ACC supports deregulation of conference championship games
The Atlantic Coast Conference would like flexibility on which teams play in its football championship game. Under NCAA legislated submitted by the conference, theoretically, the top two-ranked teams in a conference could meet. That would eliminate the possibility of an unranked division winner upsetting, say, a No. 1 team from the other division.
The ACC has submitted NCAA legislation that would "deregulate" football conference championship games sources told CBSSports.com.
The intent is to allow leagues their preference in how to determine their conference champion. It would theoretically eliminate the need -- per NCAA rules -- to split into divisions with the division winners meeting in a conference championship game.
That would benefit the ACC and other conferences which have expanded to the requisite minimum of 12 teams (and two divisions) to stage a championship game. Theoretically, with passage of the legislation, any of those conferences could play in one division and still stage a championship game.
If the new legislation is adopted a league could match its two highest-ranked teams. That might enhance a conference's ability to get as many teams as possible into the new four-team playoff.
"Theoretically, we could say we're going to take the two highest in the BCS rankings and have them play at the end of the season," Big 12 commissioner Bob Bowlsby said.
ESPN.com first reported last month the league's intent to forward such legislation that would give the ACC "flexibility" in who plays in its conference title game. The legislation was submitted in collaboration with the Big 12, Bowlsby said Friday night.
The measure is thought to have wide-ranging support among FBS conferences because it is largely non-controversial. It is known that the 10-team Big 12 would prefer deregulation if it ever decided to play a championship game with its current 10-team alignment. The league staged a championship game from 1996-2010.
NCAA rules require a conference to have at least 12 teams before staging a conference championship game. Teams must also play each opponent in its division. Beginning in 2014, the ACC and Big Ten will join the SEC in having seven-team divisions in football (14 teams total).
That extends the period of time it will take teams to face every conference opponent. Notre Dame has an ACC scheduling agreement beginning this year. It will take three years for ND to play each of the 14 ACC teams from 2014-16.
The Big 12 and Sun Belt will be the only FBS conferences that don't have at least 12 members in '14.
"You wouldn't any longer have to have 12 (teams)," Bowlsby said. "You wouldn't any longer have to play a full round-robin in your subdivision. That would actually afford us the opportunity to have a playoff between two selected teams by whatever process we would want to select.
"I doubt we're going to do that but we would likely have the prerogative."
Kansas State president Kirk Schulz reiterated that stance: "The Big 12, with 10 schools, we have no desire to go to a divisional format. But there's been questions about, generally, should we have some sort of championship game or not? I think it's going to be interesting to see what happens to this proposal."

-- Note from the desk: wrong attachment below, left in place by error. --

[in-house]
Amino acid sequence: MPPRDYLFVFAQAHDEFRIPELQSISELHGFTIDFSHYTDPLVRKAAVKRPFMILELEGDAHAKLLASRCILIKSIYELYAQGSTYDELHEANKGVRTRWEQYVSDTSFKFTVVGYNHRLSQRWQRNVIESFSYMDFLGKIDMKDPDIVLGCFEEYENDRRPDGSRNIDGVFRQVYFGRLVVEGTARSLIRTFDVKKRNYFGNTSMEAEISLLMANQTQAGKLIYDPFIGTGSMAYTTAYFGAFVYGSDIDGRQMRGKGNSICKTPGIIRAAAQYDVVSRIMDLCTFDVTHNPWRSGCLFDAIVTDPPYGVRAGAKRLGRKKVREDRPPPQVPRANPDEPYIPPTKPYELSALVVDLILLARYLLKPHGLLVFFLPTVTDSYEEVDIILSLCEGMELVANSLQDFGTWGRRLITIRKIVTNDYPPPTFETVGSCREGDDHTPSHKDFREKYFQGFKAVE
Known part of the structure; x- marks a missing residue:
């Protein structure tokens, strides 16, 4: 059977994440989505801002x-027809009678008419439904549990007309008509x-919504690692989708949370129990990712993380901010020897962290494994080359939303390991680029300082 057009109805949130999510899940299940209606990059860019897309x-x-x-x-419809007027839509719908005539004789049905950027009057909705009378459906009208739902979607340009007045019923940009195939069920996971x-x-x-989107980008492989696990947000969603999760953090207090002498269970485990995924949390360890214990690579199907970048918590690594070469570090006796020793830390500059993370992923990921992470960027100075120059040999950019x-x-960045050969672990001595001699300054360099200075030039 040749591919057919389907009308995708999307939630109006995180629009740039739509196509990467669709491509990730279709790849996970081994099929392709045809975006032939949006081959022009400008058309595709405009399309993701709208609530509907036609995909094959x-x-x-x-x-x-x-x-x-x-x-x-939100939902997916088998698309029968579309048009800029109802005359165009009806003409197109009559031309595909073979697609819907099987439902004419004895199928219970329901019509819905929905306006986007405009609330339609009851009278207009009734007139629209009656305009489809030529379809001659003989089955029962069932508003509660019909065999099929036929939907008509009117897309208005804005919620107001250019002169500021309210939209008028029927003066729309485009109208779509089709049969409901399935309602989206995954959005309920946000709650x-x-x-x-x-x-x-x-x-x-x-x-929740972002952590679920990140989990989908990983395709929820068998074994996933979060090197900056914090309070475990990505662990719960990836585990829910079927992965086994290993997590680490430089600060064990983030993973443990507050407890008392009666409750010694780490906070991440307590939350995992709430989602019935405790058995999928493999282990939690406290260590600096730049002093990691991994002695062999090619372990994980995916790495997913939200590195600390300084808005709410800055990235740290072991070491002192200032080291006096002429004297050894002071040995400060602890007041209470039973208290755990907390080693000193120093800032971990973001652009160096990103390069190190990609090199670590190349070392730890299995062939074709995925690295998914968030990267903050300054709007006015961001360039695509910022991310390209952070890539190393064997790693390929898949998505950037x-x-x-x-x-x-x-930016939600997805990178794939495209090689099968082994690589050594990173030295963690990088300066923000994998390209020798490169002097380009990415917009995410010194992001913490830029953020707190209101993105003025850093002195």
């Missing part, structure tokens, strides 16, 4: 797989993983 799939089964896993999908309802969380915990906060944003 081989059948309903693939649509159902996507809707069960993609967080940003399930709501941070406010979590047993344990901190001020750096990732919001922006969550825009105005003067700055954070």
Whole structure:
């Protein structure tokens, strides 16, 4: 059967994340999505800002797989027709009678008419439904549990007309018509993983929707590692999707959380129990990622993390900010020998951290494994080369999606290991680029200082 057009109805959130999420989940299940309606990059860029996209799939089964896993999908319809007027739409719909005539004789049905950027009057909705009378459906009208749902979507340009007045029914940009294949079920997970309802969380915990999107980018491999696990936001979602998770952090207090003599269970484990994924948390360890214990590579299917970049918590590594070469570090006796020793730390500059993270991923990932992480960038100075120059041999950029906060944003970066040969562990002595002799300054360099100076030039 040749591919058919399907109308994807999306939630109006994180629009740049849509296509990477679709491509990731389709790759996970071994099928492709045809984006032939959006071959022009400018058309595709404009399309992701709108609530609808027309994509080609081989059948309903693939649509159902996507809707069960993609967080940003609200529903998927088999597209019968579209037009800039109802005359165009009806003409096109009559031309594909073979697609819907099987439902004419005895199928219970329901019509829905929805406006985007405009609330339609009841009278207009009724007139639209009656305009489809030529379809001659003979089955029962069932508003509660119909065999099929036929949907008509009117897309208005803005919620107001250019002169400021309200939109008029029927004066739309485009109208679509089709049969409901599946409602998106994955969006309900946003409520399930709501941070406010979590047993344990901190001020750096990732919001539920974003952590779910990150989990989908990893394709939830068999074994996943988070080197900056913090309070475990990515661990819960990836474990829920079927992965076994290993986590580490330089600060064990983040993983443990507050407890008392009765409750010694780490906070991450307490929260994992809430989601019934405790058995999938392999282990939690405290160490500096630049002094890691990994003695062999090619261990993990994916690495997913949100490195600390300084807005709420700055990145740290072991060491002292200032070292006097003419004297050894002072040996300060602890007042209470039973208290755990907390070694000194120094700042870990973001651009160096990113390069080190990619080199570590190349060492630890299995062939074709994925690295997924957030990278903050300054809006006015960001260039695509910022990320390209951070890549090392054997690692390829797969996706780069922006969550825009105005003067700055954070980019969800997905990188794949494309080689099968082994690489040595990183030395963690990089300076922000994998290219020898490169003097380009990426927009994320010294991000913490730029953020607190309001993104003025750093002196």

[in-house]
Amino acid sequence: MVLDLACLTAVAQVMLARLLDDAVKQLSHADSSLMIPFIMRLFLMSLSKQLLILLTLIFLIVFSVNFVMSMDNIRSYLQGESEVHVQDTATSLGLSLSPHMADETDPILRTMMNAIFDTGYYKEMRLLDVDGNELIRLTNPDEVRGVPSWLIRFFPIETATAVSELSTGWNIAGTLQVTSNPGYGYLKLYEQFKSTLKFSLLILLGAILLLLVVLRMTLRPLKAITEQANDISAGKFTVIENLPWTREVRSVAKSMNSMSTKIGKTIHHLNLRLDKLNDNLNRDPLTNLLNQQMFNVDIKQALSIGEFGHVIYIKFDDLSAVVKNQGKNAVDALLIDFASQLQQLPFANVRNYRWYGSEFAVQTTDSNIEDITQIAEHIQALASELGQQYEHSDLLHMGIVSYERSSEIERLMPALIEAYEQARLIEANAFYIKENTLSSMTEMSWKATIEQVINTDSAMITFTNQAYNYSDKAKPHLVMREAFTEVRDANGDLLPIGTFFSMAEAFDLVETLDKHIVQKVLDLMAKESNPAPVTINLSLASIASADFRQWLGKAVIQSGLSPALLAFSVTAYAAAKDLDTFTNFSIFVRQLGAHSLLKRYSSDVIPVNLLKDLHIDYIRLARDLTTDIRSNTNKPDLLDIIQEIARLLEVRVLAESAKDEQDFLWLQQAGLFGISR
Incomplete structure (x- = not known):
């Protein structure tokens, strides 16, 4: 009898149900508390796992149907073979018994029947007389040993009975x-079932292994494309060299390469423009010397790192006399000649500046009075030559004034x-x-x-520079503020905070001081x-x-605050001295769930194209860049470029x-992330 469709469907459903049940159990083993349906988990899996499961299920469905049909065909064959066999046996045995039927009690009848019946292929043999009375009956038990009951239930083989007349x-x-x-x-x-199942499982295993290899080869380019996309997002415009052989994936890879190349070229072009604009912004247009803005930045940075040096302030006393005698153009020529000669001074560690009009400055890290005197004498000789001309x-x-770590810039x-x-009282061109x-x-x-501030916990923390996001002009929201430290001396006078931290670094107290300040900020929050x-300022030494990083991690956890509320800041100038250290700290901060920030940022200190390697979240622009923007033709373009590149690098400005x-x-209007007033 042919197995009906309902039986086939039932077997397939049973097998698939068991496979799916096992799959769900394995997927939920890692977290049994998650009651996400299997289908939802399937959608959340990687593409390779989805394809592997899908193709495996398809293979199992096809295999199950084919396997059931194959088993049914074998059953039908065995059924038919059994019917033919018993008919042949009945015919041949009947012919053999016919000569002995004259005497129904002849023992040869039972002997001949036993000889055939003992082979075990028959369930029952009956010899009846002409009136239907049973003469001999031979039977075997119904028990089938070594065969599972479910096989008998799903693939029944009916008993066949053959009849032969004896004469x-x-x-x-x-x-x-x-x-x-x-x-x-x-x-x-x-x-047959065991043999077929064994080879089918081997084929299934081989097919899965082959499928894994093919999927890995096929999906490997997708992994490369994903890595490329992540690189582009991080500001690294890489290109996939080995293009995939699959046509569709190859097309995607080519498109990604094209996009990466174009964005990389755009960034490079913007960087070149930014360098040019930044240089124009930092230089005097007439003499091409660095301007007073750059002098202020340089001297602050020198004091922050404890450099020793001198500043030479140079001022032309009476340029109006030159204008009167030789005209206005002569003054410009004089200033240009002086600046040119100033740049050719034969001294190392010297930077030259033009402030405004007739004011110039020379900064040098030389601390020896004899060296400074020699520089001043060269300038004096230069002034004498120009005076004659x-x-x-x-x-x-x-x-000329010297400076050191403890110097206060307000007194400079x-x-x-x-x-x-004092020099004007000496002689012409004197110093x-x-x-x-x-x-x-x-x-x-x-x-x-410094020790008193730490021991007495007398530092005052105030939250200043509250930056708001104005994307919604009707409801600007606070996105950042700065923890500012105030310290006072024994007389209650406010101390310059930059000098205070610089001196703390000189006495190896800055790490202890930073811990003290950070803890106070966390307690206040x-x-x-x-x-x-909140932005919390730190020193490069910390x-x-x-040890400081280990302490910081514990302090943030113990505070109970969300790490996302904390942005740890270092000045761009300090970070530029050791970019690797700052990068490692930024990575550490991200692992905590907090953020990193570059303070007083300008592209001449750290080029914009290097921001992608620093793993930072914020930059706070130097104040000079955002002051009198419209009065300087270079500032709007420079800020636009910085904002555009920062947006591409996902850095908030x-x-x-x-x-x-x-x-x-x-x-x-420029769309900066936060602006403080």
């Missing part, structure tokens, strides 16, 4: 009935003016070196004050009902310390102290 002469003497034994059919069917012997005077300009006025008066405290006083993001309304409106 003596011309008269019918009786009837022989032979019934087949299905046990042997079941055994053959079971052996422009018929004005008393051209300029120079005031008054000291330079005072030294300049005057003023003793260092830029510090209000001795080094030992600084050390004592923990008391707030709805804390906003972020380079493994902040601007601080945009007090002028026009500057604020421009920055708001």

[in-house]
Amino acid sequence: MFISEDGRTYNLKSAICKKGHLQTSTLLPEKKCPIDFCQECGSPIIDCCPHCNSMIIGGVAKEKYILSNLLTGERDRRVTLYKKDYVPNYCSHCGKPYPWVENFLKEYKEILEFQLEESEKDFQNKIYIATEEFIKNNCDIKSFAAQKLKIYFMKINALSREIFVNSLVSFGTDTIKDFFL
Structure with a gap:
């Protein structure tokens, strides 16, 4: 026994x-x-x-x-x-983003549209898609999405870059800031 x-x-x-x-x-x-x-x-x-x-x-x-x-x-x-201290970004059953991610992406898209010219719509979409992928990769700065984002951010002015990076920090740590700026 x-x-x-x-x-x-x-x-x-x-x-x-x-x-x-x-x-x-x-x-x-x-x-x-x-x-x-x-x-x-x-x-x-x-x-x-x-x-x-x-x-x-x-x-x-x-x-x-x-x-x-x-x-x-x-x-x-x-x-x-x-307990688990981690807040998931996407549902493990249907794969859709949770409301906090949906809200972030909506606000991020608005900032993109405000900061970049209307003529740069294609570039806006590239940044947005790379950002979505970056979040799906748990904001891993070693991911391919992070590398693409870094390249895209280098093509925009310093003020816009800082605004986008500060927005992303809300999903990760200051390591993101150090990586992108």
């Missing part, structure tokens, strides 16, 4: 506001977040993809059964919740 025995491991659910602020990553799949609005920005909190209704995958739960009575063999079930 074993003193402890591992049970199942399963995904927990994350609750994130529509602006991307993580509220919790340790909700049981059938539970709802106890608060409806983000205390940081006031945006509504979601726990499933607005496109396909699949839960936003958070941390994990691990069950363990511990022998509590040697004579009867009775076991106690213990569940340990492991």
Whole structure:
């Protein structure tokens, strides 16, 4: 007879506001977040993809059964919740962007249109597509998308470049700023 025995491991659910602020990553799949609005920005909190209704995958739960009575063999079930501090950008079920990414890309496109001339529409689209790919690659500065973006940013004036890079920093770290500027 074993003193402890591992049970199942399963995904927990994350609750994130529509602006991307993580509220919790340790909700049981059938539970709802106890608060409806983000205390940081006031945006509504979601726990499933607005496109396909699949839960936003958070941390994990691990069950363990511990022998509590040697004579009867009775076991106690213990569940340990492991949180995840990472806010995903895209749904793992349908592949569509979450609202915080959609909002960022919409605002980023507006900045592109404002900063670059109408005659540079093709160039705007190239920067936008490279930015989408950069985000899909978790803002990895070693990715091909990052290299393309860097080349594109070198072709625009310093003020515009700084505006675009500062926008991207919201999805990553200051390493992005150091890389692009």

The Big 12 plays a true round-robin schedule. It could match its two highest-ranked teams for a championship instead of, say, the winners of two five-team divisions. However, such a structure would guarantee that those Big 12 teams would be meeting for second time in a season.
"To me," Schulz said, "playing a team a second time in a season is just odd."
An NCAA spokesman told CBSSports.com that the association's board of directors would discuss the proposal at its April meeting. However, that spokesman also pointed out that the NCAA presidents have "declined to consider rules changes proposed by the conferences," before first finishing the reform and restructuring agendas.
That reform agenda has taken center stage since the results of a presidential summit in August 2011 produced more issues than solved problems. The NCAA and its membership is now in the process of figuring out how to give more power to day-to-day stakeholders like athletic directors and commissioners.
"Championship games, they've been great for TV," said Schulz who had no knowledge of the ACC proposal. "Sometimes the live audiences are not really good when the lower-seeded team winds up winning. It's great for those fans but for the conference point of view it may cost you that [championship] shot. The question really becomes how much of a great idea are those championship games?"
Bowlsby said he doubted all 10 FBS conferences would be forced to stage a championship game for uniformity purposes in the College Football Playoff era.
"Theoretically, that could happen. It never would," Bowlsby said, "because of the way this organization has been put together. That just isn't going to happen."
Former SEC commissioner Roy Kramer exploited a little-known NCAA bylaw in 1992 that allowed his conference to first stage a conference championship game.
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